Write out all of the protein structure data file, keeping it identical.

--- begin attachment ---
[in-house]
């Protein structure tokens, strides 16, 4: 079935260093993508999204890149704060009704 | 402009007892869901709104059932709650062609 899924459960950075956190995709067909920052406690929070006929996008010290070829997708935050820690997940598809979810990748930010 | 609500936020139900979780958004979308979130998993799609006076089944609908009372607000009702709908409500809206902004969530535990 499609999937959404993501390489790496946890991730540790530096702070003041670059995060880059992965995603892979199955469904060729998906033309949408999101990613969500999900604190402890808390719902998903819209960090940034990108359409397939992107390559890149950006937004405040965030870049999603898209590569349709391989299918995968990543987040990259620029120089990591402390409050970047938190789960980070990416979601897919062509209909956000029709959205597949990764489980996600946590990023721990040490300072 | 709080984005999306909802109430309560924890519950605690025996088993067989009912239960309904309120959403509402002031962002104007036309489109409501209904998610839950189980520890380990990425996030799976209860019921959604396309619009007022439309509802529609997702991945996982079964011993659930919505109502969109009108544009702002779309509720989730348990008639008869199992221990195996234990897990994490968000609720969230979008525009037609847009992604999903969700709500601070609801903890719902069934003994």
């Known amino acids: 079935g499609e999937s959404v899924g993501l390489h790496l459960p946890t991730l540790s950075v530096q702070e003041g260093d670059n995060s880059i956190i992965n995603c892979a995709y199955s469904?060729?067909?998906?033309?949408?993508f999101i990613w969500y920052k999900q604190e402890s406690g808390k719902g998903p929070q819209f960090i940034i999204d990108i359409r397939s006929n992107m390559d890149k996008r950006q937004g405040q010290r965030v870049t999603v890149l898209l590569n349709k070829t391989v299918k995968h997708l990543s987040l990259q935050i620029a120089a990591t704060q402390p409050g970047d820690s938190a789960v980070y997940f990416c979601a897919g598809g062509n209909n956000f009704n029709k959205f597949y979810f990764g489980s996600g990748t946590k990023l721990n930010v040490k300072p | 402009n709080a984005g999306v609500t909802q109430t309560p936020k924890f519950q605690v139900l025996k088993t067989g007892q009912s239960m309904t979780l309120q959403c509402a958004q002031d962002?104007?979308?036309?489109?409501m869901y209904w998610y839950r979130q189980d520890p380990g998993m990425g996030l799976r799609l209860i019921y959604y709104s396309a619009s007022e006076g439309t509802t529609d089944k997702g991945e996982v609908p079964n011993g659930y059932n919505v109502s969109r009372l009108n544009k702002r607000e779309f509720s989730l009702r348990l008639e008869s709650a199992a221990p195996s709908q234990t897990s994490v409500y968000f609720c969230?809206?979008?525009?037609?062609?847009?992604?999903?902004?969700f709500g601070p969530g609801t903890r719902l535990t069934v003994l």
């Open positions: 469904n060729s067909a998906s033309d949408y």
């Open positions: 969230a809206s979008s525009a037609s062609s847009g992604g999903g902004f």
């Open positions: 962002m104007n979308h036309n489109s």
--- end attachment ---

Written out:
[in-house]
């Protein structure tokens, strides 16, 4: 079935260093993508999204890149704060009704 | 402009007892869901709104059932709650062609 899924459960950075956190995709067909920052406690929070006929996008010290070829997708935050820690997940598809979810990748930010 | 609500936020139900979780958004979308979130998993799609006076089944609908009372607000009702709908409500809206902004969530535990 499609999937959404993501390489790496946890991730540790530096702070003041670059995060880059992965995603892979199955469904060729998906033309949408999101990613969500999900604190402890808390719902998903819209960090940034990108359409397939992107390559890149950006937004405040965030870049999603898209590569349709391989299918995968990543987040990259620029120089990591402390409050970047938190789960980070990416979601897919062509209909956000029709959205597949990764489980996600946590990023721990040490300072 | 709080984005999306909802109430309560924890519950605690025996088993067989009912239960309904309120959403509402002031962002104007036309489109409501209904998610839950189980520890380990990425996030799976209860019921959604396309619009007022439309509802529609997702991945996982079964011993659930919505109502969109009108544009702002779309509720989730348990008639008869199992221990195996234990897990994490968000609720969230979008525009037609847009992604999903969700709500601070609801903890719902069934003994």
């Known amino acids: 079935g499609e999937s959404v899924g993501l390489h790496l459960p946890t991730l540790s950075v530096q702070e003041g260093d670059n995060s880059i956190i992965n995603c892979a995709y199955s469904?060729?067909?998906?033309?949408?993508f999101i990613w969500y920052k999900q604190e402890s406690g808390k719902g998903p929070q819209f960090i940034i999204d990108i359409r397939s006929n992107m390559d890149k996008r950006q937004g405040q010290r965030v870049t999603v890149l898209l590569n349709k070829t391989v299918k995968h997708l990543s987040l990259q935050i620029a120089a990591t704060q402390p409050g970047d820690s938190a789960v980070y997940f990416c979601a897919g598809g062509n209909n956000f009704n029709k959205f597949y979810f990764g489980s996600g990748t946590k990023l721990n930010v040490k300072p | 402009n709080a984005g999306v609500t909802q109430t309560p936020k924890f519950q605690v139900l025996k088993t067989g007892q009912s239960m309904t979780l309120q959403c509402a958004q002031d962002?104007?979308?036309?489109?409501m869901y209904w998610y839950r979130q189980d520890p380990g998993m990425g996030l799976r799609l209860i019921y959604y709104s396309a619009s007022e006076g439309t509802t529609d089944k997702g991945e996982v609908p079964n011993g659930y059932n919505v109502s969109r009372l009108n544009k702002r607000e779309f509720s989730l009702r348990l008639e008869s709650a199992a221990p195996s709908q234990t897990s994490v409500y968000f609720c969230?809206?979008?525009?037609?062609?847009?992604?999903?902004?969700f709500g601070p969530g609801t903890r719902l535990t069934v003994l």
């Open positions: 469904n060729s067909a998906s033309d949408y």
């Open positions: 969230a809206s979008s525009a037609s062609s847009g992604g999903g902004f």
């Open positions: 962002m104007n979308h036309n489109s």